On this day (13th July) in 1985, Bob Geldof and Midge Ure put on a dual-venue ‘Live Aid’ concert in order to raise money for the relief of the ongoing famine in Ethiopia – Wembley Stadium was one venue, John F. Kennedy Stadium the other.
The former held a capacity crowd on the day of 72,000 people, whilst the latter had a full-capacity of around 100,000. It was one of the largest television broadcasts of all-time, with an estimated 1.9 billion viewers worldwide, spanning 150 countries.
The concert was a follow-on from the successful Christmas number one of the previous year, ‘Do They Know It’s Christmas?’ – which featured some of the decade’s biggest artists in the world singing on it. The likes of Bono, Eric Clapton, Boy George, Elton John, Simon Le Bon, Freddie Mercury, and George Michael all sang on the track that was at number one in the UK charts for five weeks and raised over £8 million.
But of course, what Live Aid is most remembered for is the musical performances. The Coldstream Guards band opened with the ‘Royal Salute’ and ‘God Save The Queen’, before power chord legends Status Quo took to the stage to get the party started with ‘Rocking All Over The World’. It was to be the last time that the band ever performed with founding member and bassist Alan Lancaster.
The likes of U2, David Bowie, Elvis Costello and The Who all provided audiences with memorable performances on the day, but it was the 20-minute long set from a certain band called Queen that stole the show. The performance has since been voted the best live performance by a rock band of all-time – though that could almost be argued as an understatement. At the time, Queen’s popularity was waning and they were becoming “uncool”, but their performance on 13th July 1985, catapulted them back into the mainstream.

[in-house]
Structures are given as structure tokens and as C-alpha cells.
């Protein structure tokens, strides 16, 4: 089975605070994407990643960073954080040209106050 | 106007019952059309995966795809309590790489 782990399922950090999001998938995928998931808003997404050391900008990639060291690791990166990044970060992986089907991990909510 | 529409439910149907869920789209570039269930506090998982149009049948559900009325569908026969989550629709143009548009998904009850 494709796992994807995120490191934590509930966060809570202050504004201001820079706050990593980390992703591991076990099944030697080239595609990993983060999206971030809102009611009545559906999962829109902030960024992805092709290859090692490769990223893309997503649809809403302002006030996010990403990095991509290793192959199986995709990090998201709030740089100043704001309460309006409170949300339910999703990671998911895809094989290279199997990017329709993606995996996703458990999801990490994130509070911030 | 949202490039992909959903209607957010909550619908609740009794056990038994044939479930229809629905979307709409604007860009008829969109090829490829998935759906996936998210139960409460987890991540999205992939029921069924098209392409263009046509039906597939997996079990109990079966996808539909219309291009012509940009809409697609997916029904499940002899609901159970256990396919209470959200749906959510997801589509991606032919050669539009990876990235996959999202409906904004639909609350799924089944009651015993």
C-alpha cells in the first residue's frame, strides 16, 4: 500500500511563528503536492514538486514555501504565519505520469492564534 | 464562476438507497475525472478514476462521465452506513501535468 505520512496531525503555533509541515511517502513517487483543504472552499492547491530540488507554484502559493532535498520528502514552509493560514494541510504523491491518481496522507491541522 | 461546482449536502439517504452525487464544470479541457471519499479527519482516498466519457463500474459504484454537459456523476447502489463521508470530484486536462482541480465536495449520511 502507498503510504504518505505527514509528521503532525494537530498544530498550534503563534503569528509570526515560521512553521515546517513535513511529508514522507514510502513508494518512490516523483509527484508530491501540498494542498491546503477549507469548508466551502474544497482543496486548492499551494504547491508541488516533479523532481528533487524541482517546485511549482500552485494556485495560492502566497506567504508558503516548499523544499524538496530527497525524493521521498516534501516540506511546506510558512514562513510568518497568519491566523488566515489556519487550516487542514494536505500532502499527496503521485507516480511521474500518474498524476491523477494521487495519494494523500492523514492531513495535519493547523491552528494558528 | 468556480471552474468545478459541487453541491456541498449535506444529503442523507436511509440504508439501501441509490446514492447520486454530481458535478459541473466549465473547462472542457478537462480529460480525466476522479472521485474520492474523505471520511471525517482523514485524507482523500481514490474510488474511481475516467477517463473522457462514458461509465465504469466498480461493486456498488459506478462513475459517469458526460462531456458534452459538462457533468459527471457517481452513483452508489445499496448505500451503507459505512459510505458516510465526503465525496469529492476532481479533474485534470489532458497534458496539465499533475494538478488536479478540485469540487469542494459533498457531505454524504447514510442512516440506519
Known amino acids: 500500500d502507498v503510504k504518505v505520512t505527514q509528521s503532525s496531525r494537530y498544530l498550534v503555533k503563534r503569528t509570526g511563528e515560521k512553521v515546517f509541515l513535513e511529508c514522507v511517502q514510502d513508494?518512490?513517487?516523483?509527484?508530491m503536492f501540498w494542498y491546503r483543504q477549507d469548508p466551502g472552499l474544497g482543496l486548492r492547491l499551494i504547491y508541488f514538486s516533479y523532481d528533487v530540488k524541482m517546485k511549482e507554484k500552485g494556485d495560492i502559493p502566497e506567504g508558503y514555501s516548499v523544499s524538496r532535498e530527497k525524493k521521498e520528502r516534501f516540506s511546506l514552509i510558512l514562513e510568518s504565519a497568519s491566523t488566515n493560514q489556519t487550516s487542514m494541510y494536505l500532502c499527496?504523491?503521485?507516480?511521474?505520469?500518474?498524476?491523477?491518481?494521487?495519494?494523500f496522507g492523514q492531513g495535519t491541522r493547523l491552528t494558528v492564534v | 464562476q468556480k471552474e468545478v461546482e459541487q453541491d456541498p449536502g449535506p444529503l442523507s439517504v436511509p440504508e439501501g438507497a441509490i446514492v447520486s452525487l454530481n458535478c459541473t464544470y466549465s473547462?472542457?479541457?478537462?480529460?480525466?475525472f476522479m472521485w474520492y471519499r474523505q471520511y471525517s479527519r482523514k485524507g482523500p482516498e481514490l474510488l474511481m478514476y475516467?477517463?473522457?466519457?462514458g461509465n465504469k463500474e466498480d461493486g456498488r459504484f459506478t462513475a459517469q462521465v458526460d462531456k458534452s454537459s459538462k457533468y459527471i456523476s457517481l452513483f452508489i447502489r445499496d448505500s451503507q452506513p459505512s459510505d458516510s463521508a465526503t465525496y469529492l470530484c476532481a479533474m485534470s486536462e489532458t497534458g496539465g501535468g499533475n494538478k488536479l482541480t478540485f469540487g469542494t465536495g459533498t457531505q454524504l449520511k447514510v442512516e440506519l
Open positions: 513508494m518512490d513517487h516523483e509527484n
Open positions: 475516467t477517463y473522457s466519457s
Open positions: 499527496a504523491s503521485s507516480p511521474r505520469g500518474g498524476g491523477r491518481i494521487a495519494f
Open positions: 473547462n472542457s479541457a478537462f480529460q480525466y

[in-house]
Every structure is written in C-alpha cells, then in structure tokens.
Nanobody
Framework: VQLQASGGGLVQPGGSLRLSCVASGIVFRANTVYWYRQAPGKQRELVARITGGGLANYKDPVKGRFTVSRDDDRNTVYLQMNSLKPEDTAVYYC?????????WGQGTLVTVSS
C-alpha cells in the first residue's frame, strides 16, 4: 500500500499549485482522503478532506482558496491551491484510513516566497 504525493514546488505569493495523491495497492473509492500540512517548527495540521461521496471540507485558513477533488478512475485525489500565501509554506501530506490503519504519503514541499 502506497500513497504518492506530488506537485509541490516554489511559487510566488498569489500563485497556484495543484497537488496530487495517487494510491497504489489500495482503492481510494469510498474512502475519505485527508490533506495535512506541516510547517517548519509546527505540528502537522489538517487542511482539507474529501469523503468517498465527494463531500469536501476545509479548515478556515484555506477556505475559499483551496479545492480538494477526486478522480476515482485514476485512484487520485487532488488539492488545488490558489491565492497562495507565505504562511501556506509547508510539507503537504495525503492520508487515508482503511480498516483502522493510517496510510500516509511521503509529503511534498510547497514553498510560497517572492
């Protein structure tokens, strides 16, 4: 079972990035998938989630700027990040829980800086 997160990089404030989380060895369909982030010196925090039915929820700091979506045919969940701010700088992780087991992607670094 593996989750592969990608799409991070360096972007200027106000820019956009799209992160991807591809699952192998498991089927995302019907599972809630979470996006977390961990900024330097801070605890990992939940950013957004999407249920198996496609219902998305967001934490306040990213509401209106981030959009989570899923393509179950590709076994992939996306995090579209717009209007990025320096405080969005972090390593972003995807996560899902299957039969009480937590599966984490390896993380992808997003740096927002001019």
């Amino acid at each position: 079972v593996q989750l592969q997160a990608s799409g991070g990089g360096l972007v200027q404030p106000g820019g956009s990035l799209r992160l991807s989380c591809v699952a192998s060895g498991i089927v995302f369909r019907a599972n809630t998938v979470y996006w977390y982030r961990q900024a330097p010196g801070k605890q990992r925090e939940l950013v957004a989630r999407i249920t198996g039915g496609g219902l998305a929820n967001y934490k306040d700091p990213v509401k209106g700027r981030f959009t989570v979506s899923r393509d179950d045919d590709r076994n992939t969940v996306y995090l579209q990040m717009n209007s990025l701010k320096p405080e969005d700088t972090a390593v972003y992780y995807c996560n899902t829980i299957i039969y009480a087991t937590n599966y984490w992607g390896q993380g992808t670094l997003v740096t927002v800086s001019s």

The set opened with the iconic ‘Bohemian Rhapsody’ with 72,000 people singing every single word, but that was nothing compared with what was to come. Queen’s sound engineer had switched out the limiters that had been installed on the stadium’s sound system so that the band’s performance was louder than any other on the day. The next song performed by the band was one of Live Aid’s most memorable moments – ‘Radio Ga Ga’. Every pair of hands at Wembley Stadium that day clapped along during the chorus, and it made for amazing viewing. In this performance, Queen established themselves as the greatest live act in the world, and Freddie Mercury established himself as the best frontman in history.
Live Aid was supposed to raise a mere £1million for the famine in Ethiopia. The actual amount raised? £150million.
Watch Queen’s awe-inspiring Live Aid performance below.